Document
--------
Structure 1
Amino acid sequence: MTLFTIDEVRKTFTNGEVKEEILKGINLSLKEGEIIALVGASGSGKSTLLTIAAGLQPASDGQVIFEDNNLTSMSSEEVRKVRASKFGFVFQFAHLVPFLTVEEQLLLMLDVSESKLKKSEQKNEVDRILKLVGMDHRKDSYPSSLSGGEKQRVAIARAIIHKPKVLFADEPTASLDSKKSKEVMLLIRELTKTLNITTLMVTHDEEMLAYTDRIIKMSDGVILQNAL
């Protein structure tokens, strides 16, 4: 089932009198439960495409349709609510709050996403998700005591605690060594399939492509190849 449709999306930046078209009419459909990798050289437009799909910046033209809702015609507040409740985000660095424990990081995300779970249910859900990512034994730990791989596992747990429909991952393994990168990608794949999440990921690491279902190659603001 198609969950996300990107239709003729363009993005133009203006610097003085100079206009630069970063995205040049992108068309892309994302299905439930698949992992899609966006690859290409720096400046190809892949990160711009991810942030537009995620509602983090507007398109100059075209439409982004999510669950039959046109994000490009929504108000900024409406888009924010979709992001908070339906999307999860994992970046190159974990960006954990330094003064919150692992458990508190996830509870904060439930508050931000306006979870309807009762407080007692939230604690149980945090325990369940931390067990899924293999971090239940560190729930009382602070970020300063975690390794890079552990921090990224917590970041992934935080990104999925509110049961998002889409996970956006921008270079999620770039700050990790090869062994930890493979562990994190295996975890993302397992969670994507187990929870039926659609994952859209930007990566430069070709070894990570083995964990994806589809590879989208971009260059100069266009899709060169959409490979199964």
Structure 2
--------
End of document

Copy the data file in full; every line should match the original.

Structure 1
Amino acid sequence: MTLFTIDEVRKTFTNGEVKEEILKGINLSLKEGEIIALVGASGSGKSTLLTIAAGLQPASDGQVIFEDNNLTSMSSEEVRKVRASKFGFVFQFAHLVPFLTVEEQLLLMLDVSESKLKKSEQKNEVDRILKLVGMDHRKDSYPSSLSGGEKQRVAIARAIIHKPKVLFADEPTASLDSKKSKEVMLLIRELTKTLNITTLMVTHDEEMLAYTDRIIKMSDGVILQNAL
């Protein structure tokens, strides 16, 4: 089932009198439960495409349709609510709050996403998700005591605690060594399939492509190849 449709999306930046078209009419459909990798050289437009799909910046033209809702015609507040409740985000660095424990990081995300779970249910859900990512034994730990791989596992747990429909991952393994990168990608794949999440990921690491279902190659603001 198609969950996300990107239709003729363009993005133009203006610097003085100079206009630069970063995205040049992108068309892309994302299905439930698949992992899609966006690859290409720096400046190809892949990160711009991810942030537009995620509602983090507007398109100059075209439409982004999510669950039959046109994000490009929504108000900024409406888009924010979709992001908070339906999307999860994992970046190159974990960006954990330094003064919150692992458990508190996830509870904060439930508050931000306006979870309807009762407080007692939230604690149980945090325990369940931390067990899924293999971090239940560190729930009382602070970020300063975690390794890079552990921090990224917590970041992934935080990104999925509110049961998002889409996970956006921008270079999620770039700050990790090869062994930890493979562990994190295996975890993302397992969670994507187990929870039926659609994952859209930007990566430069070709070894990570083995964990994806589809590879989208971009260059100069266009899709060169959409490979199964």
Structure 2